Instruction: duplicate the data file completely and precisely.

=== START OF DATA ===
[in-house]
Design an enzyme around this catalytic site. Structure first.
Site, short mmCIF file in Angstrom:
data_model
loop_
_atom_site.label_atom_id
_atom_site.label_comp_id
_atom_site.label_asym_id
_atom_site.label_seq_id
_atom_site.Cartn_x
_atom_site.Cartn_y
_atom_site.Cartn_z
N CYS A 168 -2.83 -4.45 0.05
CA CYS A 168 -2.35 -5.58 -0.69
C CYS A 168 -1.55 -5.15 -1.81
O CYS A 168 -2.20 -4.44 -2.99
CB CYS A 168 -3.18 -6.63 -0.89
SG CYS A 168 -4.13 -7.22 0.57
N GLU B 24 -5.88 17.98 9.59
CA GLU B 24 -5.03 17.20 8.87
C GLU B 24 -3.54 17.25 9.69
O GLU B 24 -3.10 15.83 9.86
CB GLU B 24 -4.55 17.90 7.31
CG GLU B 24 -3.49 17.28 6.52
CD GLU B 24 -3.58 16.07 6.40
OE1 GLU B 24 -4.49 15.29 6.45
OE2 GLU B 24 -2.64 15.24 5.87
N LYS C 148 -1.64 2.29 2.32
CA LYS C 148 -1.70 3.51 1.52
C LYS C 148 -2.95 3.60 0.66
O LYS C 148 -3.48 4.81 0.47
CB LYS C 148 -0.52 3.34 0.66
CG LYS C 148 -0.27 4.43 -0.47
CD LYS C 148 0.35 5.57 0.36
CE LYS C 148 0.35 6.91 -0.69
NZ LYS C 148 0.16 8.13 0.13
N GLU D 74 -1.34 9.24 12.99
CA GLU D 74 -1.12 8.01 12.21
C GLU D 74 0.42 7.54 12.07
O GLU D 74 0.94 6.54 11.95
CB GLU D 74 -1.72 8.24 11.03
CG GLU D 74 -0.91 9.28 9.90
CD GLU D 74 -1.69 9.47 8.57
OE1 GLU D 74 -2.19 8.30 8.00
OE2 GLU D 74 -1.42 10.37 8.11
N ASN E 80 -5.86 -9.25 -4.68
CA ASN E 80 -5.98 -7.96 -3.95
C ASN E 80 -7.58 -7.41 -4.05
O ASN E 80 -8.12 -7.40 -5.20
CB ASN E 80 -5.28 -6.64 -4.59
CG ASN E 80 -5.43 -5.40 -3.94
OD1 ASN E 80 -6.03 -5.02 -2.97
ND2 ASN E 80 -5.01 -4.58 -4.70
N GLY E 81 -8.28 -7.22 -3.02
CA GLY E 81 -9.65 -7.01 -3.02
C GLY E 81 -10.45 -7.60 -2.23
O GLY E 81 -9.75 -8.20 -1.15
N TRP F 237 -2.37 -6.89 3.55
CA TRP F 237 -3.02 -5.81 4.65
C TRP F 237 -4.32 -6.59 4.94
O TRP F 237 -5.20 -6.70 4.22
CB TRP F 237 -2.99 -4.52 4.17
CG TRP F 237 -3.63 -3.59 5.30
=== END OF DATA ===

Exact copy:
[in-house]
Design an enzyme around this catalytic site. Structure first.
Site, short mmCIF file in Angstrom:
data_model
loop_
_atom_site.label_atom_id
_atom_site.label_comp_id
_atom_site.label_asym_id
_atom_site.label_seq_id
_atom_site.Cartn_x
_atom_site.Cartn_y
_atom_site.Cartn_z
N CYS A 168 -2.83 -4.45 0.05
CA CYS A 168 -2.35 -5.58 -0.69
C CYS A 168 -1.55 -5.15 -1.81
O CYS A 168 -2.20 -4.44 -2.99
CB CYS A 168 -3.18 -6.63 -0.89
SG CYS A 168 -4.13 -7.22 0.57
N GLU B 24 -5.88 17.98 9.59
CA GLU B 24 -5.03 17.20 8.87
C GLU B 24 -3.54 17.25 9.69
O GLU B 24 -3.10 15.83 9.86
CB GLU B 24 -4.55 17.90 7.31
CG GLU B 24 -3.49 17.28 6.52
CD GLU B 24 -3.58 16.07 6.40
OE1 GLU B 24 -4.49 15.29 6.45
OE2 GLU B 24 -2.64 15.24 5.87
N LYS C 148 -1.64 2.29 2.32
CA LYS C 148 -1.70 3.51 1.52
C LYS C 148 -2.95 3.60 0.66
O LYS C 148 -3.48 4.81 0.47
CB LYS C 148 -0.52 3.34 0.66
CG LYS C 148 -0.27 4.43 -0.47
CD LYS C 148 0.35 5.57 0.36
CE LYS C 148 0.35 6.91 -0.69
NZ LYS C 148 0.16 8.13 0.13
N GLU D 74 -1.34 9.24 12.99
CA GLU D 74 -1.12 8.01 12.21
C GLU D 74 0.42 7.54 12.07
O GLU D 74 0.94 6.54 11.95
CB GLU D 74 -1.72 8.24 11.03
CG GLU D 74 -0.91 9.28 9.90
CD GLU D 74 -1.69 9.47 8.57
OE1 GLU D 74 -2.19 8.30 8.00
OE2 GLU D 74 -1.42 10.37 8.11
N ASN E 80 -5.86 -9.25 -4.68
CA ASN E 80 -5.98 -7.96 -3.95
C ASN E 80 -7.58 -7.41 -4.05
O ASN E 80 -8.12 -7.40 -5.20
CB ASN E 80 -5.28 -6.64 -4.59
CG ASN E 80 -5.43 -5.40 -3.94
OD1 ASN E 80 -6.03 -5.02 -2.97
ND2 ASN E 80 -5.01 -4.58 -4.70
N GLY E 81 -8.28 -7.22 -3.02
CA GLY E 81 -9.65 -7.01 -3.02
C GLY E 81 -10.45 -7.60 -2.23
O GLY E 81 -9.75 -8.20 -1.15
N TRP F 237 -2.37 -6.89 3.55
CA TRP F 237 -3.02 -5.81 4.65
C TRP F 237 -4.32 -6.59 4.94
O TRP F 237 -5.20 -6.70 4.22
CB TRP F 237 -2.99 -4.52 4.17
CG TRP F 237 -3.63 -3.59 5.30